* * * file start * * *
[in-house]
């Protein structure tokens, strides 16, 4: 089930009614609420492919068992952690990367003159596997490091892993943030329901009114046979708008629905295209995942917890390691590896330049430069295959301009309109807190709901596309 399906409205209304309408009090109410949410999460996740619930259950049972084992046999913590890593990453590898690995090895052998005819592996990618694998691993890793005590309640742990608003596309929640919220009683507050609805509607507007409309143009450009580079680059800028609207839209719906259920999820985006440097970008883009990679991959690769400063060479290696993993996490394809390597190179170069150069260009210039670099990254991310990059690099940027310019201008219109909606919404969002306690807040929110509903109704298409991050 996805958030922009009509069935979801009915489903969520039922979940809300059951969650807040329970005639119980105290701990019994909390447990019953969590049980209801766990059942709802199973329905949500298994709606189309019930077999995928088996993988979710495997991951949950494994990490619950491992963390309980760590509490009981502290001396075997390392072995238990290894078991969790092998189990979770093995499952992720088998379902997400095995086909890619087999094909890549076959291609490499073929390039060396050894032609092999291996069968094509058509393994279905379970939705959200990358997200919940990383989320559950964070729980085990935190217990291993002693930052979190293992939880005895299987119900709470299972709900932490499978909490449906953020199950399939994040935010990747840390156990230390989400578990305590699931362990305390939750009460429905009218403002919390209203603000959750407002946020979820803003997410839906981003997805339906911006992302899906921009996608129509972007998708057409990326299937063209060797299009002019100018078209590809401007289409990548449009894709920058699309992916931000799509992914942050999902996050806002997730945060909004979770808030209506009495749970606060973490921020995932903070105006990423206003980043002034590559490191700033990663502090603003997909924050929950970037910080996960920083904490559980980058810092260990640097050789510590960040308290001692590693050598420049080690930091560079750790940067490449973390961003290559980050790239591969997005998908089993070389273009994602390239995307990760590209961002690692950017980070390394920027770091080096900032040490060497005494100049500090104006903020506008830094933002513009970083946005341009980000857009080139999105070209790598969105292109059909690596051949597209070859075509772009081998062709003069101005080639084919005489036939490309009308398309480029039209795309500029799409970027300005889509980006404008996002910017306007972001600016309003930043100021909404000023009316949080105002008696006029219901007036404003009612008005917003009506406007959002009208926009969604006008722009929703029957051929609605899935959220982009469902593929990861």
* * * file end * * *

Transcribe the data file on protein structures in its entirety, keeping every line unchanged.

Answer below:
[in-house]
């Protein structure tokens, strides 16, 4: 089930009614609420492919068992952690990367003159596997490091892993943030329901009114046979708008629905295209995942917890390691590896330049430069295959301009309109807190709901596309 399906409205209304309408009090109410949410999460996740619930259950049972084992046999913590890593990453590898690995090895052998005819592996990618694998691993890793005590309640742990608003596309929640919220009683507050609805509607507007409309143009450009580079680059800028609207839209719906259920999820985006440097970008883009990679991959690769400063060479290696993993996490394809390597190179170069150069260009210039670099990254991310990059690099940027310019201008219109909606919404969002306690807040929110509903109704298409991050 996805958030922009009509069935979801009915489903969520039922979940809300059951969650807040329970005639119980105290701990019994909390447990019953969590049980209801766990059942709802199973329905949500298994709606189309019930077999995928088996993988979710495997991951949950494994990490619950491992963390309980760590509490009981502290001396075997390392072995238990290894078991969790092998189990979770093995499952992720088998379902997400095995086909890619087999094909890549076959291609490499073929390039060396050894032609092999291996069968094509058509393994279905379970939705959200990358997200919940990383989320559950964070729980085990935190217990291993002693930052979190293992939880005895299987119900709470299972709900932490499978909490449906953020199950399939994040935010990747840390156990230390989400578990305590699931362990305390939750009460429905009218403002919390209203603000959750407002946020979820803003997410839906981003997805339906911006992302899906921009996608129509972007998708057409990326299937063209060797299009002019100018078209590809401007289409990548449009894709920058699309992916931000799509992914942050999902996050806002997730945060909004979770808030209506009495749970606060973490921020995932903070105006990423206003980043002034590559490191700033990663502090603003997909924050929950970037910080996960920083904490559980980058810092260990640097050789510590960040308290001692590693050598420049080690930091560079750790940067490449973390961003290559980050790239591969997005998908089993070389273009994602390239995307990760590209961002690692950017980070390394920027770091080096900032040490060497005494100049500090104006903020506008830094933002513009970083946005341009980000857009080139999105070209790598969105292109059909690596051949597209070859075509772009081998062709003069101005080639084919005489036939490309009308398309480029039209795309500029799409970027300005889509980006404008996002910017306007972001600016309003930043100021909404000023009316949080105002008696006029219901007036404003009612008005917003009506406007959002009208926009969604006008722009929703029957051929609605899935959220982009469902593929990861």